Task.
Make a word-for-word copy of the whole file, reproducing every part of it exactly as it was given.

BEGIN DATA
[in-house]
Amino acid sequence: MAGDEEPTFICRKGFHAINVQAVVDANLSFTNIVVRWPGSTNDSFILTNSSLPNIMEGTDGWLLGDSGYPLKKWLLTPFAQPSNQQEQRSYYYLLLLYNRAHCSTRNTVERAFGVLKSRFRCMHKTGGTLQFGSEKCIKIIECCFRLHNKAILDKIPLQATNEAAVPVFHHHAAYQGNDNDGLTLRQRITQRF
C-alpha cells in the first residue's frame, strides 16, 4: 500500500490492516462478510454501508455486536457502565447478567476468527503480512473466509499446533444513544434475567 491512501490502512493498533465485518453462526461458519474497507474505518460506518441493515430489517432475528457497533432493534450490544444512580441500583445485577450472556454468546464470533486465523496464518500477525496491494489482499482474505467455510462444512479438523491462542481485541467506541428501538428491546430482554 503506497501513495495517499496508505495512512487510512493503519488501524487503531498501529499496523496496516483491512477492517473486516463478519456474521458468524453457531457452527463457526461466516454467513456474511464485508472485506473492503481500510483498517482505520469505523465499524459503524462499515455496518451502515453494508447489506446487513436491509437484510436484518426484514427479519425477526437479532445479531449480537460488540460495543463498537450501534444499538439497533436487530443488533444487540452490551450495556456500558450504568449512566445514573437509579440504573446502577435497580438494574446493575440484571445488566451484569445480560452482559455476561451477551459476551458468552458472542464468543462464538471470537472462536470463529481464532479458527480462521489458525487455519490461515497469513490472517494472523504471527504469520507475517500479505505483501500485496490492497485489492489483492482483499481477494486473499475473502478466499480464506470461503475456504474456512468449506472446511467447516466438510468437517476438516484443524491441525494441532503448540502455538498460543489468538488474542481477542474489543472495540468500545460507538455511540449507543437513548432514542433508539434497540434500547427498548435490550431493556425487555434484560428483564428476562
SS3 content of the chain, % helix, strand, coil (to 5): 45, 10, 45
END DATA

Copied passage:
[in-house]
Amino acid sequence: MAGDEEPTFICRKGFHAINVQAVVDANLSFTNIVVRWPGSTNDSFILTNSSLPNIMEGTDGWLLGDSGYPLKKWLLTPFAQPSNQQEQRSYYYLLLLYNRAHCSTRNTVERAFGVLKSRFRCMHKTGGTLQFGSEKCIKIIECCFRLHNKAILDKIPLQATNEAAVPVFHHHAAYQGNDNDGLTLRQRITQRF
C-alpha cells in the first residue's frame, strides 16, 4: 500500500490492516462478510454501508455486536457502565447478567476468527503480512473466509499446533444513544434475567 491512501490502512493498533465485518453462526461458519474497507474505518460506518441493515430489517432475528457497533432493534450490544444512580441500583445485577450472556454468546464470533486465523496464518500477525496491494489482499482474505467455510462444512479438523491462542481485541467506541428501538428491546430482554 503506497501513495495517499496508505495512512487510512493503519488501524487503531498501529499496523496496516483491512477492517473486516463478519456474521458468524453457531457452527463457526461466516454467513456474511464485508472485506473492503481500510483498517482505520469505523465499524459503524462499515455496518451502515453494508447489506446487513436491509437484510436484518426484514427479519425477526437479532445479531449480537460488540460495543463498537450501534444499538439497533436487530443488533444487540452490551450495556456500558450504568449512566445514573437509579440504573446502577435497580438494574446493575440484571445488566451484569445480560452482559455476561451477551459476551458468552458472542464468543462464538471470537472462536470463529481464532479458527480462521489458525487455519490461515497469513490472517494472523504471527504469520507475517500479505505483501500485496490492497485489492489483492482483499481477494486473499475473502478466499480464506470461503475456504474456512468449506472446511467447516466438510468437517476438516484443524491441525494441532503448540502455538498460543489468538488474542481477542474489543472495540468500545460507538455511540449507543437513548432514542433508539434497540434500547427498548435490550431493556425487555434484560428483564428476562
SS3 content of the chain, % helix, strand, coil (to 5): 45, 10, 45